Democrats are bullish about the November elections. They think they’ll win control of the House of Representatives, score big gains in the statehouses and run competitively in contests for U.S. Senate seats. But remembering 2016 causes some of them to wake up in the middle of the night wondering what could go wrong.
The optimistic expectations come from analyzing public opinion polls, weighing the advantages of out-of-power parties in midterm elections, comparing party fundraising and weighing other historical evidence. Based on factors such as these, the prognosticators at FiveThirtyEight put the Democrats’ odds of winning the House at 82 percent.
Still, political due-diligence requires hard-headed analysis of potential problems that could arise in the final seven weeks before Nov. 6.
I put this to five of the most insightful Democratic strategists: pollsters Fred Yang, Jim Gerstein and John Anzalone; Mark Gersh, who for decades has been the maestro of analyzing congressional districts for House Democrats; and Paul Begala, a top party strategist since the 1992 Bill Clinton presidential run.
Yang, a partner in the Garin-Hart-Yang Research Group, is involved in some of the hottest races this year, including an unexpectedly close Tennessee Senate contest and a Kentucky House race pitting Amy McGrath, a Democratic ex-Marine combat pilot, against the Republican incumbent Andy Barr.
Yang said that a wave of support for Democrats is inevitable – “it’s not whether, but how big,” he declared – because “our voters are energized, theirs are not.” But he said he expects President Donald Trump to try to fire up Republican voters “with some manufactured crisis,” a factor that could affect the dynamics of the election.
Gerstein is the founding partner of GBA Strategies, which conducted polls in Ohio last month for Democrat Danny O’Connor before he came within a whisker of defeating the favored Republican Troy Balderson in a special election for a Republican House seat. There’s a rematch on the November ballot.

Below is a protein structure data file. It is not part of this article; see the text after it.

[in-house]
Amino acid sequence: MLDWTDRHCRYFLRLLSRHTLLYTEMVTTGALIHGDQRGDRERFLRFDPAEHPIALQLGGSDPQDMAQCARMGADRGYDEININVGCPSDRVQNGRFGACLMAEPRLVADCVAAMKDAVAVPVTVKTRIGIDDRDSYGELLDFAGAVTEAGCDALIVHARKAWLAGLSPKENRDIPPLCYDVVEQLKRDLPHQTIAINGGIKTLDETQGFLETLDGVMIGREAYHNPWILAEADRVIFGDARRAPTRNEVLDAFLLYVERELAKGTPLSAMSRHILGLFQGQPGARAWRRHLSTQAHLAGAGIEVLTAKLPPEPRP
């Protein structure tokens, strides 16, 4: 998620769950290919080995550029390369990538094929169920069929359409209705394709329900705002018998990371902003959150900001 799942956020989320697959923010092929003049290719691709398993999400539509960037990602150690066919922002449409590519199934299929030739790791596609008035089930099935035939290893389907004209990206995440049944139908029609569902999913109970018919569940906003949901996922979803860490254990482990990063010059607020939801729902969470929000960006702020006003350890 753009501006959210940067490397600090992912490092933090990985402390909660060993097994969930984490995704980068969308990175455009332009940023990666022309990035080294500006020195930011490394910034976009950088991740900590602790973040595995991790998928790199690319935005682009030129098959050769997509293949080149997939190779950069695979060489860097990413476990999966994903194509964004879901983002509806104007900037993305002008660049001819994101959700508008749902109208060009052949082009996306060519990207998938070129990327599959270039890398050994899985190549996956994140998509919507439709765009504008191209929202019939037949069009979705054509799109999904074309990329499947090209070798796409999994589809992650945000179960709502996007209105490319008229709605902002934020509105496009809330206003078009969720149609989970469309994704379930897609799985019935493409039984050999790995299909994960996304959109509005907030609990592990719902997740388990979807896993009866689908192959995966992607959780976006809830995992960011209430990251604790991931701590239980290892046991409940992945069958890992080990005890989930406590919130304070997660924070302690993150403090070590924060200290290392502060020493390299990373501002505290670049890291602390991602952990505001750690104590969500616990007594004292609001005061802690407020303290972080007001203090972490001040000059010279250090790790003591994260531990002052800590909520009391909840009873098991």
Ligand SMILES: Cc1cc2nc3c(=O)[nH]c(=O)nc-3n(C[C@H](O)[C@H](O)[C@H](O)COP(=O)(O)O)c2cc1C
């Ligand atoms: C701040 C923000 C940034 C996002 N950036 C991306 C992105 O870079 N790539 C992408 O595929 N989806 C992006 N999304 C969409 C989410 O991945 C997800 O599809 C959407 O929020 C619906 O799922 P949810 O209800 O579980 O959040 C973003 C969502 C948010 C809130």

Gerstein said he’s anxious about the dozens of similar tossup races, almost all for Republican seats, which polls show as too close for accurate predictions. As the campaigns move into full gear, he said, Democrats will have cause for concern if they “don’t start putting some of these away.”
Anzalone is the Montgomery, Alabama-based president of Anzalone Liszt Research. His clients include Democrats competing in noteworthy gubernatorial races such as the one in Florida featuring a Republican Trump enthusiast, Ron DeSantis, against a progressive-wing Democrat, Andrew Gillum. Anzalone frets about a “tsunami” of Republican money financing advertising blitzes and other tactics that could dominate the final weeks.
Democrats actually are matching Republicans on the money front, with an advantage in more than a few of the most competitive contests. But Anzalone fears that Republicans could reverse this advantage by tapping “a bottomless source of money” that will “come out at the end.”
Gersh worries about a torrent of negative personal assaults as Republicans discover that they can’t run successfully on any achievements. Attacking, he said, is a trademark of the Congressional Leadership Fund, the House Republican Super PAC run by the veteran GOP operative Corry Bliss.
Bliss last month disseminated a private federal security clearance form of Abigail Spanberger, a former anti-terrorism operative of the Central Intelligence Agency and now a Democratic House candidate in Virginia, apparently in hopes of making political use of Spanberger’s employment 15 years ago at a private Islamic school financed by Saudi Arabia. In 2003, while awaiting official employment at the CIA, Spanberger worked as substitute English teacher for the Saudi Embassy Academy in Virginia, something the CIA knew about. Bliss claimed that the information came from a routine request to the U.S. Postal Inspection Service, where Spanberger also briefly worked, which released it by mistake. Spanberger and Gersh don’t believe that.
Begala has campaigned all over the country for Democrats this year and found that they are emphasizing health care by stressing their support for protecting the Affordable Care Act from assaults by the White House and congressional Republicans. It’s been an effective strategy, Begala said, especially against the backdrop of Republican efforts to allow insurance companies to deny coverage or charge higher premiums to people with preexisting medical conditions.
So what’s he worried about? Republican-friendly distractions created by left-wing Democrats who have called for abolishing the Immigration and Customs Enforcement branch of the Homeland Security Department.
“I’m concerned that President Trump will try to bait Democrats into a false debate on abolishing ICE instead of a real debate on GOP efforts to abolish protections for people with preexisting conditions,” Begala said.
This article provided by NewsEdge.